Melanie Griffith has been a staple in Hollywood for decades and like many people, she struggled with balancing her career and her dependence on drugs and alcohol. In a new book about famed director Mike Nichols, Griffith and her co-workers remember the breaking point of the actor’s self-destructive behaviour on the set of the 1988 film Working Girl that led to Griffith paying an $80,000 fine.
“There were a lot of things that happened on Working Girl that I did that were not right,” said Griffith an excerpt from the new book Life isn’t everything: Mike Nichols, as remembered by 150 of his closest friends, which was released November 12. “It was the late ’80s,” said Griffith. “There was a lot going on party-wise in New York. There was a lot of cocaine. There was a lot of temptation.”
Working Girl producers Douglas Wick and Robert Greenhut told authors Ash Carter and Sam Kashner that Griffith was “unreliable” and was doing drugs, specifically cocaine, leading to a tense set where crew members were concerned about whether she would be able to act. “From the first reading, we all got a giant crush on Melanie’s talent,” said Wick. “She incarnated Tess, and there was no great version of the movie without her. But it was challenging.”
Griffith told Carter and Kashner that she remembers one particular day when she and co-star Alec Baldwin spent their downtime playing pool in a bar, with a then-sober Baldwin sticking to Coke while Griffith got drunk on rum and Cokes. “When we got back to the set, I had vodka in my motor home, so I had a slug of vodka, and it mixed and made me so drunk, which I thought was really funny,” Griffith said. “But it wasn’t, and it was cold, and I had to walk down the stairs with Alec, and I couldn’t do it.”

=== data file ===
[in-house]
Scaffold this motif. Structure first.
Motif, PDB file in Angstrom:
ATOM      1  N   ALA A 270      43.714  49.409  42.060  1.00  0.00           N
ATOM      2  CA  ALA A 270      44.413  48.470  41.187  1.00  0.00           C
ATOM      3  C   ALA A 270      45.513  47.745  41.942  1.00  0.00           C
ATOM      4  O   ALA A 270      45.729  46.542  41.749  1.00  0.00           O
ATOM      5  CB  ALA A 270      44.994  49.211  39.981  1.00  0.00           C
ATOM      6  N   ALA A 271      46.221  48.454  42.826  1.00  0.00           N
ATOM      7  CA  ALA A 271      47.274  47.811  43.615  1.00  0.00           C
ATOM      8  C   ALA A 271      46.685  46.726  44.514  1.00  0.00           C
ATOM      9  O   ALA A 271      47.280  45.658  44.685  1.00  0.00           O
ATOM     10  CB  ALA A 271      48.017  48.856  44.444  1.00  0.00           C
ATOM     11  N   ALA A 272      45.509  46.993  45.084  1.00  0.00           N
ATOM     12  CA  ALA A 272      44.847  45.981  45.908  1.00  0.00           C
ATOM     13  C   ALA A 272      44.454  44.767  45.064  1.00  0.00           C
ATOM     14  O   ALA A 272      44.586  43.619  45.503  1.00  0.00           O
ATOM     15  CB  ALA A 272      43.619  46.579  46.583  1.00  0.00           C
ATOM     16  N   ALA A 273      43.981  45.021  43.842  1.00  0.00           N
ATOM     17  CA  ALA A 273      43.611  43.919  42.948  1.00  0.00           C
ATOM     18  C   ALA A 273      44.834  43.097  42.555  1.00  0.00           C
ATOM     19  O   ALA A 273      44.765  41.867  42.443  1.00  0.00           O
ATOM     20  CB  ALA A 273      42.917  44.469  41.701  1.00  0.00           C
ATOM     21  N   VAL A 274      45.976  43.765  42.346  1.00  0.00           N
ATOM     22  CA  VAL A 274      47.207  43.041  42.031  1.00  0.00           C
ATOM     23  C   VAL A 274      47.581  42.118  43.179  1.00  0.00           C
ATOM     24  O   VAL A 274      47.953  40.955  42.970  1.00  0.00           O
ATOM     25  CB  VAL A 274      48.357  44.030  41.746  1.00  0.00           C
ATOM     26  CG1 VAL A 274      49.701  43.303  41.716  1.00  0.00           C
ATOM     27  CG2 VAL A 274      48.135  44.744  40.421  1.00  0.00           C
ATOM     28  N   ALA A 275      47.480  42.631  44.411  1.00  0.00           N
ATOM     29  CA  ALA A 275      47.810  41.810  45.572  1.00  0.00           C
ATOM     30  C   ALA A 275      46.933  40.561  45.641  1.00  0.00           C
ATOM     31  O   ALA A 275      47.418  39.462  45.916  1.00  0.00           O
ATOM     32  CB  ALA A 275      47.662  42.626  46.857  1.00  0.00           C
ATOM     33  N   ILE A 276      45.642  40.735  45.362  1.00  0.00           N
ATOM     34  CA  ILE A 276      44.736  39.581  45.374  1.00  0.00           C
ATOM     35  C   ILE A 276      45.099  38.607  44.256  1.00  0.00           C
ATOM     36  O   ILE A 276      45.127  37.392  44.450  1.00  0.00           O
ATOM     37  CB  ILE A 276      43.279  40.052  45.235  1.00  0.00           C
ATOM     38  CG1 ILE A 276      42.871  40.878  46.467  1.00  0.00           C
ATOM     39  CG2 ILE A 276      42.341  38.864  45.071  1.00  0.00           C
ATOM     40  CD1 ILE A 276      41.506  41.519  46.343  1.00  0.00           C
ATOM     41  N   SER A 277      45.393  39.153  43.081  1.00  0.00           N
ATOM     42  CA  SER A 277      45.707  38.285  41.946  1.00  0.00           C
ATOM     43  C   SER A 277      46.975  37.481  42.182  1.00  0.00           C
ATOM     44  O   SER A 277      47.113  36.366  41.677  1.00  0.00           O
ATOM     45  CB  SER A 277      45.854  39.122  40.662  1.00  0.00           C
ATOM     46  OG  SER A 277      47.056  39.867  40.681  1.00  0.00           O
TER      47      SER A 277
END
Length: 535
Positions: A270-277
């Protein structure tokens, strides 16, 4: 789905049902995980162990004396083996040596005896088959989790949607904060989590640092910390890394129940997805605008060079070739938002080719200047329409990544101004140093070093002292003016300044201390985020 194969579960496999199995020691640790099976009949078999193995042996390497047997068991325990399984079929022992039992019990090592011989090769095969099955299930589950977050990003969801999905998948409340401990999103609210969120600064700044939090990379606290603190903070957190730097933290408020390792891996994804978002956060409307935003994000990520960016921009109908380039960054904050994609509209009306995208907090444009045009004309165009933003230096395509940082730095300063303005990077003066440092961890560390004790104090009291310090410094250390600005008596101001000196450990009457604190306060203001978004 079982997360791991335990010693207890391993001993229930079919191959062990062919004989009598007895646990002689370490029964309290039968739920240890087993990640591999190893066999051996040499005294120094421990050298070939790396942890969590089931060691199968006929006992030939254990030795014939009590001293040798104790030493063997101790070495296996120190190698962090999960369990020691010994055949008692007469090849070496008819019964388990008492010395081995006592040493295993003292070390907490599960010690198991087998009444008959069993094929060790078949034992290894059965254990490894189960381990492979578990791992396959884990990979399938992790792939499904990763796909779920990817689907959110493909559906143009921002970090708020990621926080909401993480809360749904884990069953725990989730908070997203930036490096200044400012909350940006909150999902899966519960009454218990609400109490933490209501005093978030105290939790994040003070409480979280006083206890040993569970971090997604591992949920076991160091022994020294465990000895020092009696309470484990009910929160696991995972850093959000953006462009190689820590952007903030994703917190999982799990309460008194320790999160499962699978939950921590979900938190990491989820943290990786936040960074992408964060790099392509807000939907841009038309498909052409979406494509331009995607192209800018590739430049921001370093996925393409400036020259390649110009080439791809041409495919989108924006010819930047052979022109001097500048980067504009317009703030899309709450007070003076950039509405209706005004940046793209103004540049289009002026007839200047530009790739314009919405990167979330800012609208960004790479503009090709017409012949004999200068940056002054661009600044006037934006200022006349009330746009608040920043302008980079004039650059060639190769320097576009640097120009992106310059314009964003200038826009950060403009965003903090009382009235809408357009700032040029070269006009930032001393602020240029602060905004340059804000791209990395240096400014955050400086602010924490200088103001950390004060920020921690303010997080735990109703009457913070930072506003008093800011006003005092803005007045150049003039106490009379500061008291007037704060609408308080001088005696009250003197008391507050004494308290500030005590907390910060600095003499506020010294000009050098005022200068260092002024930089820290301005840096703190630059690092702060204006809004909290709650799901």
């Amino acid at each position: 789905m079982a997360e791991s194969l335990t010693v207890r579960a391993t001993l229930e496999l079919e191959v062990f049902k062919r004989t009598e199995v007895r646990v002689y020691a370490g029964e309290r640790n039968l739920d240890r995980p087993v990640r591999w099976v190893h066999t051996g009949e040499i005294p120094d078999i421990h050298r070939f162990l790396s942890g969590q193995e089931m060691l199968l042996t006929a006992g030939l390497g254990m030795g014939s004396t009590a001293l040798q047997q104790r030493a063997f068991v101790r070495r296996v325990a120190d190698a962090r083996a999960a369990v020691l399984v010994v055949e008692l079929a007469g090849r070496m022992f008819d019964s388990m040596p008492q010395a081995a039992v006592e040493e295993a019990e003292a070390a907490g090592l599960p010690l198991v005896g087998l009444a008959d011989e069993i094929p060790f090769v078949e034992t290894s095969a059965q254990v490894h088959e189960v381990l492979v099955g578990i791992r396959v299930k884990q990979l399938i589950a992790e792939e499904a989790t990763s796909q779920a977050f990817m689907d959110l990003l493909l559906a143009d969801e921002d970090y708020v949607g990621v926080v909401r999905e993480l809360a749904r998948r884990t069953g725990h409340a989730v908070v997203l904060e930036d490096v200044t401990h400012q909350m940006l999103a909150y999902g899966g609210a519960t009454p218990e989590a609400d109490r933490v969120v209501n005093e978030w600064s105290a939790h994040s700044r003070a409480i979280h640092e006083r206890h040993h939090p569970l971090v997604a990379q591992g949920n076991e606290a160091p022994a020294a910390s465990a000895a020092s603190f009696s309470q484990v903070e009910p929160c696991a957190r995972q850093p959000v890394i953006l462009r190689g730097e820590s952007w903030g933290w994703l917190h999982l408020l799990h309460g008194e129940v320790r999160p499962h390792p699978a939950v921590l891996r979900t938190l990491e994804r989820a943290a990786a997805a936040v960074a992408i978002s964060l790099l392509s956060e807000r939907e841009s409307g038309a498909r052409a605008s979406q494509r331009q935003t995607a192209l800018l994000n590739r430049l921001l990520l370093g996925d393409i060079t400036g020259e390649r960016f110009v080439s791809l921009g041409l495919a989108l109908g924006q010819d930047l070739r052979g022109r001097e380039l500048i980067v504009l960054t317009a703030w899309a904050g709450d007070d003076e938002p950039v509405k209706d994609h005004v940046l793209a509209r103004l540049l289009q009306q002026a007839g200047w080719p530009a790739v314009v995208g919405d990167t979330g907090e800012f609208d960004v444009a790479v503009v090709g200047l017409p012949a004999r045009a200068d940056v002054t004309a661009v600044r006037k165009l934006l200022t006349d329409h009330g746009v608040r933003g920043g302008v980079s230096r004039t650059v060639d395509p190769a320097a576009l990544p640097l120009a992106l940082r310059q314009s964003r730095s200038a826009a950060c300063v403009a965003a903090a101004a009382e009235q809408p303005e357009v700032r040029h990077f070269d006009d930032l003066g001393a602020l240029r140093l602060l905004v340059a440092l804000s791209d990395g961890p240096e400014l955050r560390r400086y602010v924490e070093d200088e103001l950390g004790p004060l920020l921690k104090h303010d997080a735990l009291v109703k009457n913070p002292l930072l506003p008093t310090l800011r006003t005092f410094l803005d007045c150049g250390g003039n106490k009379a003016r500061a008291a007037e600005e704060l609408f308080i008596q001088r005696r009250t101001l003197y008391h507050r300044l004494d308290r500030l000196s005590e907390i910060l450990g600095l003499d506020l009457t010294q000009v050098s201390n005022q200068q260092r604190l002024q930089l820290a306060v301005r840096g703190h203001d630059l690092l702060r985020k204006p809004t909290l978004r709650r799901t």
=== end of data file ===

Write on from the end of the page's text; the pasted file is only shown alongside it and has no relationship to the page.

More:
Wick says that director Mike Nichols was distressed by the situation, with the men learning that Griffith was also getting drugs delivered to her while on set. The pair agreed that a nurse would be present on set for the remainder of filming and Griffith would be hit with a monetary fine. “Mike [Nichols] got so mad at me, he wouldn’t talk to me. Mike Haley, the first AD, just came up and said, ‘We’re shutting down. Go home,’ and I knew I was in so much trouble,” says Griffith in the new book. “The next morning he [Nichols] took me to breakfast and said, ‘Here’s what’s going to happen. You’re going to pay for last night out of your pocket. We’re not going to report you to the studio, but you have to pay for what it cost,’ and it was $80,000. They wanted to get my attention and they really did. It was a very humbling, embarrassing experience, but I learned a lot from it.”
Three weeks after filming wrapped on Working Girl, Griffith checked herself into rehab for the first time. Having dealt with alcohol and drug abuse issues since childhood, Griffith would seek treatment two more times, first in 2000 and again in 2009. In a 2017 interview with Porter, Griffith credits ex-husbands Don Johnson and Antonio Banderas for their support during her stays in rehab. “I think part of the reason my marriage to Antonio fell apart was because I was stuck; nobody else is to blame. It’s just that I personally got stuck and I won’t let that happen again, I want to enjoy life, I want to do whatever I want to do,” said Griffith.